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YouTube, Paramount strike movie-rental deal

April 05, 2012|By Dawn C. Chmielewski, Los Angeles Times

Google Inc.'s YouTube has struck a movie-rental deal with a fifth major Hollywood studio, Paramount Pictures, adding 500 titles to its expanding online library.

The addition of Paramount's films brings YouTube's rental library to nearly 9,000 titles, featuring such popular mainstream movies as Martin Scorsese's Academy Award-winning "Hugo" and director Michael Bay's action-packed "Transformers" and classics including "The Godfather."

The deal reflects YouTube's strategy to provide its millions of online viewers with a range of entertainment options, from its trademark user-created video and polished Web originals to professional long-form content.

Securing more sought-after Hollywood entertainment also supports Google's other high-profile initiatives, such as its Android mobile platform. The same movies available on YouTube also can be rented and watched on Android smartphones and tablets through Google Play.

"Paramount Pictures is one of the biggest movie studios on the planet," Malik Ducard, YouTube's director of content partnerships, said in an emailed statement. "We're thrilled to bring nearly 500 of their movies in the U.S. and Canada on YouTube and Google Play."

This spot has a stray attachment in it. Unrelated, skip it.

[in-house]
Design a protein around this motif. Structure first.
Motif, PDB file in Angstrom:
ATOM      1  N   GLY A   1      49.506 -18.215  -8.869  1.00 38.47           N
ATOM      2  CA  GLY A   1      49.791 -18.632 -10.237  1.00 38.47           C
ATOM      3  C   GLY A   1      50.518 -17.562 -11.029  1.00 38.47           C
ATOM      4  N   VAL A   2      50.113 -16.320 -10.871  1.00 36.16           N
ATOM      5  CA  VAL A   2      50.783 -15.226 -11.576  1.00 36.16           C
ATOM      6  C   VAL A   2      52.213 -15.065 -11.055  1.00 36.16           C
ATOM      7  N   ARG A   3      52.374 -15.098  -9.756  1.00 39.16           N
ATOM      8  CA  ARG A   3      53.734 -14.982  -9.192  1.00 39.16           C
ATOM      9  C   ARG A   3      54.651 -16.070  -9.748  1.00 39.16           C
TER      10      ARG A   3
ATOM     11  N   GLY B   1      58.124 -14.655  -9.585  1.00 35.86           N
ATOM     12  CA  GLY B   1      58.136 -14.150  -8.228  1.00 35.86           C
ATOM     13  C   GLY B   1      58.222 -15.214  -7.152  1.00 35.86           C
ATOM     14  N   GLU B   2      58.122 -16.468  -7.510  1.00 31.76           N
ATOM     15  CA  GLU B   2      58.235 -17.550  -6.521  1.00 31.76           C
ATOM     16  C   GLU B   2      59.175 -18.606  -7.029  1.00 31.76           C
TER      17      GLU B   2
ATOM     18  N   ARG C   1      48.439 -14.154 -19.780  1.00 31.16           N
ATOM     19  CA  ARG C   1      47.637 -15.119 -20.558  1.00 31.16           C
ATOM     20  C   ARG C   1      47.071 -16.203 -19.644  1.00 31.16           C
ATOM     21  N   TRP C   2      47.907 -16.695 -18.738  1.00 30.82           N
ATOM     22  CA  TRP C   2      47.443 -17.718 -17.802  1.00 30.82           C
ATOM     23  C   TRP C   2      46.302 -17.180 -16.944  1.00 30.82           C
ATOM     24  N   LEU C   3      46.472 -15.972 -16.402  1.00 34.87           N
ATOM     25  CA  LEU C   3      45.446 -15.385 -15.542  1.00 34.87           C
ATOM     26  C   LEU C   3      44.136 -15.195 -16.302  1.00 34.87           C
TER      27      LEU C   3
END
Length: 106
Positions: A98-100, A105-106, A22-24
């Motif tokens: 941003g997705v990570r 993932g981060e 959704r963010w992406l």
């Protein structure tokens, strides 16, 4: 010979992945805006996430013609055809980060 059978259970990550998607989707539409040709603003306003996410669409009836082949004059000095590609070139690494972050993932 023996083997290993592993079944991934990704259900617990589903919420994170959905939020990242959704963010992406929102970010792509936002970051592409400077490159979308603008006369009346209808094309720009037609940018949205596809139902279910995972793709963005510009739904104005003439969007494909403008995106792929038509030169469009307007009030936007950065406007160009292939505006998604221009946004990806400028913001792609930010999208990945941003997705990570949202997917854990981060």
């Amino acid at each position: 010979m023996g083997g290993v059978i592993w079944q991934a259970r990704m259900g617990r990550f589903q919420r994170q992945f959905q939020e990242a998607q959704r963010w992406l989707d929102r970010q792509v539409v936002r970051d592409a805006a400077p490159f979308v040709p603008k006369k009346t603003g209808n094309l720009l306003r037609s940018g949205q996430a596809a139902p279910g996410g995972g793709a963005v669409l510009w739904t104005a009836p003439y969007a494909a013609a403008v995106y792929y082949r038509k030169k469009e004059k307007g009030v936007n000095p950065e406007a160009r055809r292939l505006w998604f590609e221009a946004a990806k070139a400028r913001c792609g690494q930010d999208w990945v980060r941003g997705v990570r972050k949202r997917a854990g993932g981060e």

YouTube already reached on-demand agreements with Sony Pictures Entertainment, Warner Bros., Universal Pictures and Walt Disney Studios.

What's most interesting about YouTube's movie rental agreement with Paramount is that it occurred at all.

Paramount's corporate parent, Viacom Inc., sought last fall to revive its $1-billion lawsuit against YouTube over the alleged unauthorized posting of clips from popular TV shows to the site from 2005 to 2008. Arguments were heard in October in the U.S. 2nd Circuit Court of Appeals in New York, although no verdict has been rendered.

A U.S. District Court ruled in June 2010 that YouTube was protected from such infringement claims because of the "safe harbor" provision of the Digital Millennium Copyright Act.

The Paramount Pictures arrangement is not without precedent: MTV, Nickelodeon and Comedy Central all have channels on YouTube.

dawn.chmielewski@latimes.com

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